Stepping Towards Better Health


    UEA research focused on the importance of group walking for helping us cut our risk of life threatening conditions.

    Strokes, heart disease, depression and many other life-threatening conditions could be reduced by regular outdoor walking in groups says UEA research.

    It was found that people who walked in a group regularly had low blood pressure, resting heart rate and total cholesterol. Walking was also shown to reduce body fat and Body Mass Index (BMI).

    Click on image to see full infographic:

    Infographic showing highlights from the walking research


    In England, at least 29% of adult do less than 30 minutes of moderate physical activity every week, and almost 1 in 10 don’t manage to walk for more than 5 minutes at a time over a month. But with a method that is very cost-effective and is a low-risk way of improving overall health, this could be an ideal solution to these statistics.

    Dr Sarah Hanson led the research in this study. Hanson commented:

    "Our research shows that joining a walking group is one of the best and easiest ways to boost overall health. The benefits are wide ranging - and they go above and beyond making people more physically active. What's more, people find it relatively easy to stick with this type of exercise regime.

    The merits of walking - including lowering the recurrence of some cancers - are well known, but these findings show that the dynamics and social cohesion of walking in groups may produce additional advantages.

    People who walk in groups also tend to have a more positive attitude toward physical activity, a shared experience of wellness, and say they feel less lonely and isolated. Taking regular walks can also be a catalyst for adopting other healthy behaviours.

    The research evidence suggests people enjoy attending walking groups and appear less likely to drop out than many other forms of activity.

    The research evidence suggests people enjoy attending walking groups and appear less likely to drop out than many other forms of activity.

    Walking is safe and walking groups could provide a valuable line of treatment, with a potential for both physiological and psychological health benefits," she added.

    The research team reviewed 42 studies, totalling to 1,843 participants in 14 different countries. They looked at 74 hours of group walking which included people with obesity, heart disease, type 2 diabetes, fibromyalgia, Parkinson’s disease, as well as health participants.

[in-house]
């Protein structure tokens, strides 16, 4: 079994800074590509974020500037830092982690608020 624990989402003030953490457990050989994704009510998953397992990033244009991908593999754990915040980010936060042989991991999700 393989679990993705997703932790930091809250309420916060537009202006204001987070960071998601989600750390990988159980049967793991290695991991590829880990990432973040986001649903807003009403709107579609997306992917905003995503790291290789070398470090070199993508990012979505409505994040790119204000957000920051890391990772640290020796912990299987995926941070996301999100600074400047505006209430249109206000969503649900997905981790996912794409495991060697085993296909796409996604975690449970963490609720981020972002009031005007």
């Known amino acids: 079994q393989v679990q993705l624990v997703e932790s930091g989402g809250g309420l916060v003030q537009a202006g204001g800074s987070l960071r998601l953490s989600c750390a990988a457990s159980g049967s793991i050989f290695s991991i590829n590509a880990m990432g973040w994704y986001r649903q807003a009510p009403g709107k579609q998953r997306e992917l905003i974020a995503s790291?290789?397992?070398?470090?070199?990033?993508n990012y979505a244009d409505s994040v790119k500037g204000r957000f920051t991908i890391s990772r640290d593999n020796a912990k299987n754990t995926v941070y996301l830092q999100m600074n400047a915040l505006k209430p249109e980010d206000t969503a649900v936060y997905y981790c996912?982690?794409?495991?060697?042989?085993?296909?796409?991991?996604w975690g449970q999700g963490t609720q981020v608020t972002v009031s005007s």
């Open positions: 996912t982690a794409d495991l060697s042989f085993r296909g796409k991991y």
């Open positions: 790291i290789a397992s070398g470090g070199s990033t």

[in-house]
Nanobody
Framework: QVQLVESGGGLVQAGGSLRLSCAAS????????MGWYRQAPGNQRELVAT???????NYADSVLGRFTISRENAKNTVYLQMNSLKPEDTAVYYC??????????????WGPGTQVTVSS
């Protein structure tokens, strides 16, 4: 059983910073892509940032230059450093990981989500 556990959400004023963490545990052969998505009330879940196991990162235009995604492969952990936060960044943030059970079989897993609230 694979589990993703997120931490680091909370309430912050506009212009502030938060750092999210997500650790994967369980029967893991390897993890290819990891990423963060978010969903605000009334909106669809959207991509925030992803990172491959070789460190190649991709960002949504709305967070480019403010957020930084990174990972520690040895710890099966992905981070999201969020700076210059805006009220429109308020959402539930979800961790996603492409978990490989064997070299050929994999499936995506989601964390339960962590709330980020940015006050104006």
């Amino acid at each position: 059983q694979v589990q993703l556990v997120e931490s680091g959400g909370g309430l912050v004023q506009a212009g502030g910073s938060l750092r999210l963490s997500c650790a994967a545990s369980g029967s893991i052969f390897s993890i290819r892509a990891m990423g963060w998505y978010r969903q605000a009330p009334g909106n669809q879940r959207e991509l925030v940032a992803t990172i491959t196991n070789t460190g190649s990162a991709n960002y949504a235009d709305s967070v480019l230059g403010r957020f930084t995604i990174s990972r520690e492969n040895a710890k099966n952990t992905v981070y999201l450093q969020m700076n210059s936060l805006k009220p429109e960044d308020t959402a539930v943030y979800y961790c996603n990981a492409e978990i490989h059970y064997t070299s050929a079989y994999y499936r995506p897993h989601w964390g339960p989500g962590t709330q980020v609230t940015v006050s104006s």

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    The findings were as follows:

    People who joined walking groups registered statistically significant falls in average blood pressure, resting heart rate, body fat, weight, and total cholesterol. Walkers also experienced improvements in lung power, overall physical functioning, and general fitness, and they were less depressed than before they started walking regularly.

    Evidence was less clear-cut for reductions in other risk factors for ill health, such as waist circumference, fasting blood glucose and blood fats.

    Three-quarters of all participants stuck with the group, and there were few side effects, apart from a handful of falls on roots or wet ground, and minor injuries such as calf strain.

    Hanson said: "These findings may provide clinicians with evidence of a further effective option to recommend to those patients who would benefit from increasing the amount of moderate-intensity physical activity they do.

    One way to promote and sustain walking is through the provision of outdoor health walk groups, schemes which typically organise short walks of under an hour in the natural environment.

    For example the 'Walking for Health' scheme, run by the Ramblers and Macmillan Cancer Support, is England's largest network outdoor group walks, with 70,000 regular walkers, 10,000 volunteer walk leaders and approximately 3,000 short walks offered every week around the country."

    Jackie Hayhoe, programme manager for Walking for Health, said: "Walking really works. Every day we see the positive impact this simple activity has on the thousands of people who regularly take part in Walking for Health group walks. We're delighted to see further evidence to support what we see on the ground - that walking with others adds to the many health and well-being benefits regular walkers see.

    As the evidence mounts, we'd like to see more local authorities, clinicians and public health professionals supporting and recommending walking groups in their local areas."




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